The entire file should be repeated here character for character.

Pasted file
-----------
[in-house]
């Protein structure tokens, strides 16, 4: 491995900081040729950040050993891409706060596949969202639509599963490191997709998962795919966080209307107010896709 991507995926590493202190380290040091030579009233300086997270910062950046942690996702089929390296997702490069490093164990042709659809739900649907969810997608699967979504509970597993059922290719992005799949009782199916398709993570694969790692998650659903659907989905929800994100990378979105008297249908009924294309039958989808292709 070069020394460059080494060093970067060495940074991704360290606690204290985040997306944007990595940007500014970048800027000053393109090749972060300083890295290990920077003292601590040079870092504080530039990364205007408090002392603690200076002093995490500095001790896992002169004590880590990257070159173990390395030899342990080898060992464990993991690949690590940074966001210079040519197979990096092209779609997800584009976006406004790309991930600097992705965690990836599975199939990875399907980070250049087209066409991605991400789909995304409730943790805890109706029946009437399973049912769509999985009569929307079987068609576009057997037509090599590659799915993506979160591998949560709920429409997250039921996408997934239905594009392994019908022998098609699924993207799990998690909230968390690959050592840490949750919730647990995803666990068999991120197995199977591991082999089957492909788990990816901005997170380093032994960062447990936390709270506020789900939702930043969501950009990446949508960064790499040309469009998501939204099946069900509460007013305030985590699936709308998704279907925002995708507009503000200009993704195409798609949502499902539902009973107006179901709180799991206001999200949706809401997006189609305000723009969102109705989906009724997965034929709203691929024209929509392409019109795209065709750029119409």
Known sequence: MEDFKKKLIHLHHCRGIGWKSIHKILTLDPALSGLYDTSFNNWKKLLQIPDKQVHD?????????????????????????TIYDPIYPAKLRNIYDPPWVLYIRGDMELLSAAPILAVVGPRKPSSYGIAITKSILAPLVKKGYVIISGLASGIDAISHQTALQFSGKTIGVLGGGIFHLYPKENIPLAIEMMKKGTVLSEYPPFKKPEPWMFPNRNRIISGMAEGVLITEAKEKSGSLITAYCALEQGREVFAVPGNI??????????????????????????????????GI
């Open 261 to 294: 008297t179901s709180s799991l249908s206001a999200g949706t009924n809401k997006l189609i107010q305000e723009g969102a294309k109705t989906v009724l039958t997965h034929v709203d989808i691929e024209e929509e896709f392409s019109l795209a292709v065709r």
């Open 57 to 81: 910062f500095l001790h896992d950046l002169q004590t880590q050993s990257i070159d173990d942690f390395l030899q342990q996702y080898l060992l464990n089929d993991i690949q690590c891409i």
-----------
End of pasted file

[in-house]
């Protein structure tokens, strides 16, 4: 491995900081040729950040050993891409706060596949969202639509599963490191997709998962795919966080209307107010896709 991507995926590493202190380290040091030579009233300086997270910062950046942690996702089929390296997702490069490093164990042709659809739900649907969810997608699967979504509970597993059922290719992005799949009782199916398709993570694969790692998650659903659907989905929800994100990378979105008297249908009924294309039958989808292709 070069020394460059080494060093970067060495940074991704360290606690204290985040997306944007990595940007500014970048800027000053393109090749972060300083890295290990920077003292601590040079870092504080530039990364205007408090002392603690200076002093995490500095001790896992002169004590880590990257070159173990390395030899342990080898060992464990993991690949690590940074966001210079040519197979990096092209779609997800584009976006406004790309991930600097992705965690990836599975199939990875399907980070250049087209066409991605991400789909995304409730943790805890109706029946009437399973049912769509999985009569929307079987068609576009057997037509090599590659799915993506979160591998949560709920429409997250039921996408997934239905594009392994019908022998098609699924993207799990998690909230968390690959050592840490949750919730647990995803666990068999991120197995199977591991082999089957492909788990990816901005997170380093032994960062447990936390709270506020789900939702930043969501950009990446949508960064790499040309469009998501939204099946069900509460007013305030985590699936709308998704279907925002995708507009503000200009993704195409798609949502499902539902009973107006179901709180799991206001999200949706809401997006189609305000723009969102109705989906009724997965034929709203691929024209929509392409019109795209065709750029119409």
Known sequence: MEDFKKKLIHLHHCRGIGWKSIHKILTLDPALSGLYDTSFNNWKKLLQIPDKQVHD?????????????????????????TIYDPIYPAKLRNIYDPPWVLYIRGDMELLSAAPILAVVGPRKPSSYGIAITKSILAPLVKKGYVIISGLASGIDAISHQTALQFSGKTIGVLGGGIFHLYPKENIPLAIEMMKKGTVLSEYPPFKKPEPWMFPNRNRIISGMAEGVLITEAKEKSGSLITAYCALEQGREVFAVPGNI??????????????????????????????????GI
């Open 261 to 294: 008297t179901s709180s799991l249908s206001a999200g949706t009924n809401k997006l189609i107010q305000e723009g969102a294309k109705t989906v009724l039958t997965h034929v709203d989808i691929e024209e929509e896709f392409s019109l795209a292709v065709r």
């Open 57 to 81: 910062f500095l001790h896992d950046l002169q004590t880590q050993s990257i070159d173990d942690f390395l030899q342990q996702y080898l060992l464990n089929d993991i690949q690590c891409i």